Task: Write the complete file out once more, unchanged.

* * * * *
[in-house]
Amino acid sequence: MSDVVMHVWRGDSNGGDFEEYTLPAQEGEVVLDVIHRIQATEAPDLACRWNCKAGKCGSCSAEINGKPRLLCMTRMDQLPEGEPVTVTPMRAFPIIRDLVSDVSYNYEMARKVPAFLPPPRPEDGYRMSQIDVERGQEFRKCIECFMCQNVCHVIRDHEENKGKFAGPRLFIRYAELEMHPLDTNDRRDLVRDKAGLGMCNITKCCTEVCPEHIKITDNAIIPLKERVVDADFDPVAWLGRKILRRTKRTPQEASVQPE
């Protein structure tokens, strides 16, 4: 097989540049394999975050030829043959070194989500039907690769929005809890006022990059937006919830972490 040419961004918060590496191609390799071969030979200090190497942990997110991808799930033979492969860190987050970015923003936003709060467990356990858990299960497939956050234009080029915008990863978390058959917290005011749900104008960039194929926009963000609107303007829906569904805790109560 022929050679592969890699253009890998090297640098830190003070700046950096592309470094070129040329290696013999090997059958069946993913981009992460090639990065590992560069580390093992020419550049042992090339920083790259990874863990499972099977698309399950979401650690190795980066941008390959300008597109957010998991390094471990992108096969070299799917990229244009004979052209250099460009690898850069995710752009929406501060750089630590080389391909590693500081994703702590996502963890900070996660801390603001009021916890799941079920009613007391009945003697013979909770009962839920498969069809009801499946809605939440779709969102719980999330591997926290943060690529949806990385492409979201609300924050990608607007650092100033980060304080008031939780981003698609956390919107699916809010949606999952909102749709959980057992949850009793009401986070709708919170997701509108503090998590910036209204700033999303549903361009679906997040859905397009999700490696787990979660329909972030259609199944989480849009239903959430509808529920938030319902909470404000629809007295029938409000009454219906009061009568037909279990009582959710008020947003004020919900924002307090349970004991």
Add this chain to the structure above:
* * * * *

[in-house]
Amino acid sequence: MSDVVMHVWRGDSNGGDFEEYTLPAQEGEVVLDVIHRIQATEAPDLACRWNCKAGKCGSCSAEINGKPRLLCMTRMDQLPEGEPVTVTPMRAFPIIRDLVSDVSYNYEMARKVPAFLPPPRPEDGYRMSQIDVERGQEFRKCIECFMCQNVCHVIRDHEENKGKFAGPRLFIRYAELEMHPLDTNDRRDLVRDKAGLGMCNITKCCTEVCPEHIKITDNAIIPLKERVVDADFDPVAWLGRKILRRTKRTPQEASVQPE
């Protein structure tokens, strides 16, 4: 097989540049394999975050030829043959070194989500039907690769929005809890006022990059937006919830972490 040419961004918060590496191609390799071969030979200090190497942990997110991808799930033979492969860190987050970015923003936003709060467990356990858990299960497939956050234009080029915008990863978390058959917290005011749900104008960039194929926009963000609107303007829906569904805790109560 022929050679592969890699253009890998090297640098830190003070700046950096592309470094070129040329290696013999090997059958069946993913981009992460090639990065590992560069580390093992020419550049042992090339920083790259990874863990499972099977698309399950979401650690190795980066941008390959300008597109957010998991390094471990992108096969070299799917990229244009004979052209250099460009690898850069995710752009929406501060750089630590080389391909590693500081994703702590996502963890900070996660801390603001009021916890799941079920009613007391009945003697013979909770009962839920498969069809009801499946809605939440779709969102719980999330591997926290943060690529949806990385492409979201609300924050990608607007650092100033980060304080008031939780981003698609956390919107699916809010949606999952909102749709959980057992949850009793009401986070709708919170997701509108503090998590910036209204700033999303549903361009679906997040859905397009999700490696787990979660329909972030259609199944989480849009239903959430509808529920938030319902909470404000629809007295029938409000009454219906009061009568037909279990009582959710008020947003004020919900924002307090349970004991």
Add this chain to the structure above: